Generation Um… Trailer Gets More Confusing With Synopsis Read

We’re in a decidedly curious time in the life of movie trailers (something we’ve talked about repeatedly during the podcast recently), and Keanu Reeves‘ new film generation Um… may turn out to be one of the prime examples of this trend.

Sure, the idea is that we’re trying to visualize the kinetic pace of a particular sub-section of New York’s party lifestyle, and we’re obligated to include the fact that Reeves’ character will be filming people talking, but is the trailer actually conveying anything substantial? Or, if you really think about it, anything at all?

Of course, I don’t know if the film is good or bad at this point, and I wouldn’t say I have huge hopes for it even if the trailer was put together in a way that better relayed information, but I’m forced to wonder, because the plot synopsis sounds pretty interesting.

My suggestion is to take a look at the synopsis first, to have that in the background as you check out the trailer, but that seems like something you just aren’t supposed to have to say.

What do you think of this one?

[springboard type=”video” id=”684229″ player=”arey021″ width=”550″ height=”390″ ]

 

generation-um-wide

 

The world is downtown New York City, present day – from the point of view of a driver for an escort service. John (Keanu Reeves), a quietly sexy withdrawn guy, is finally ageing out of his young, trendy neighborhood, dealing with the beginnings of the next chapter of his life.

John’s friends are the party girls he works for – Violet (Bojana Novakovic), an unstoppable entertainer whose weathered beauty and self-proclaimed wisdom are matched only by her lack of audience; and Mia (Adelaide Clemens), the new girl with the dark past, whose traffic-stopping sensuality has brought her nothing but victimization. Both survive on their ability to manipulate men, and don’t know how to live any other way. But John, they trust. And through their relationship, all three find a comforting and humorous refuge from the downward spiral of their self-destructive but entertaining lifestyles.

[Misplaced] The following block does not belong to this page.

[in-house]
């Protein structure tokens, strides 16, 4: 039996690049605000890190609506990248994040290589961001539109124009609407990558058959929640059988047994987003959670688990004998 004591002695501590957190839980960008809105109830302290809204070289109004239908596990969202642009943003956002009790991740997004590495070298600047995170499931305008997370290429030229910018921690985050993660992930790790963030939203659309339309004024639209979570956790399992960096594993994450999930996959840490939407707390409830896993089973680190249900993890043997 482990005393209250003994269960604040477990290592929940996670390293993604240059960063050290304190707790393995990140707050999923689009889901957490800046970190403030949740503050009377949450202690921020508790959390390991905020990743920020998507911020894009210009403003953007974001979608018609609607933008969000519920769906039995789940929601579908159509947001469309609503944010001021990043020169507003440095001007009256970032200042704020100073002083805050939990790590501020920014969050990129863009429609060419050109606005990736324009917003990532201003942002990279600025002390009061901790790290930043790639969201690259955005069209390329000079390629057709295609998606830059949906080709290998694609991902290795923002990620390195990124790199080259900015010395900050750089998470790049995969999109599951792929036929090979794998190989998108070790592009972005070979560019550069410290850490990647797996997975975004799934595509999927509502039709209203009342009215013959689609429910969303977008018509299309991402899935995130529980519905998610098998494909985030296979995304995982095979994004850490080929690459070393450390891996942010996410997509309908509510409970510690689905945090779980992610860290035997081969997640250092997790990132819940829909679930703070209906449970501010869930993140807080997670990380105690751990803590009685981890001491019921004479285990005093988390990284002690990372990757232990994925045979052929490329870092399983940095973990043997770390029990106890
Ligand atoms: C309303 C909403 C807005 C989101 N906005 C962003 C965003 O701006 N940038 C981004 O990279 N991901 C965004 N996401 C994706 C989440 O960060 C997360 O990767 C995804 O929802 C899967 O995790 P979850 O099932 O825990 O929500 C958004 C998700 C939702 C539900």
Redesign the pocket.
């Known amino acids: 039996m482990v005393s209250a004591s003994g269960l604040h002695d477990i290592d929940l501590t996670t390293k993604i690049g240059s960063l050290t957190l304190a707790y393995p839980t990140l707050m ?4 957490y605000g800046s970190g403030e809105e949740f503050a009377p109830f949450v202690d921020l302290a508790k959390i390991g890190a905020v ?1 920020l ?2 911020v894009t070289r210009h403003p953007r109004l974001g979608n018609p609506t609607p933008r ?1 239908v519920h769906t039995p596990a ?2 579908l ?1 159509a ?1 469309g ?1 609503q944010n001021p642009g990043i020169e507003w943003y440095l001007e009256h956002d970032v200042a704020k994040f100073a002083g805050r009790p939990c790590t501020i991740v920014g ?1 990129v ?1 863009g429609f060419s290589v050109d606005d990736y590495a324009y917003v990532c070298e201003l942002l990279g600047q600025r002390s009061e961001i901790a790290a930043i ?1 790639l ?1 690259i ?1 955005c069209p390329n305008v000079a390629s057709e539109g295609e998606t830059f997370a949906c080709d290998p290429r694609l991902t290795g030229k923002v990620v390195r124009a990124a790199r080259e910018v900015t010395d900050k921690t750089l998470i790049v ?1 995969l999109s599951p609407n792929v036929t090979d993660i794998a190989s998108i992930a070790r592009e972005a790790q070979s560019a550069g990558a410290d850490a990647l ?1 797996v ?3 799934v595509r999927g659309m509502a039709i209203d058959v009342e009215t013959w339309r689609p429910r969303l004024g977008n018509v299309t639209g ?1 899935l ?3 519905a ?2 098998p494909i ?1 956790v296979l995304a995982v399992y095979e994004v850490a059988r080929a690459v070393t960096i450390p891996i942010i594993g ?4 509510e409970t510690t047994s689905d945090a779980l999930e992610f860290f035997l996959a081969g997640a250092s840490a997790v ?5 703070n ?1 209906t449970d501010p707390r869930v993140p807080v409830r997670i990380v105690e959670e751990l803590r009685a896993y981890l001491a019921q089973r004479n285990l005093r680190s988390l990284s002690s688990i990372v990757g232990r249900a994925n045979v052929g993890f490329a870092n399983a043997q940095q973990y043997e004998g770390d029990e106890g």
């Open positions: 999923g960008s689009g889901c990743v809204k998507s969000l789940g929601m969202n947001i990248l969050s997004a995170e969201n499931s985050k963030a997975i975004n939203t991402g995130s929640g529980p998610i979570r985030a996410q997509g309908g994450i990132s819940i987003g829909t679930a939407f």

The end of another night out for this odd family of circumstance sets the stage for an all too familiar day spent coming to terms with and reveling in the lives they have unintentionally created for themselves.

When John impulsively steals a camcorder, he decides to capture the sights, sounds, and senses of New York – or rather, his sights, sounds, and senses. He records nature, people, himself. Today. John’s experiment takes a new turn when he pans the camera’s attention to his Party Girls. Violet is gung-ho, ready at a moment’s notice to become the center of attention before the focus fades away. Mia is less enthused, but finds herself opening up to the promise of a spectator.

John’s camcorder unravels the girls’ lives, as both Violet and Mia find themselves attempting to outdo one another’s secrets and opinions.

 

RU?

Marc Eastman
Marc Eastman is the owner and operator of Are You Screening? and has been writing film reviews for over a decade, and several branches of the internet's film review world have seen his name. He is also a member of The Broadcast Film Critics Association and The Broadcast Television Journalists Association.

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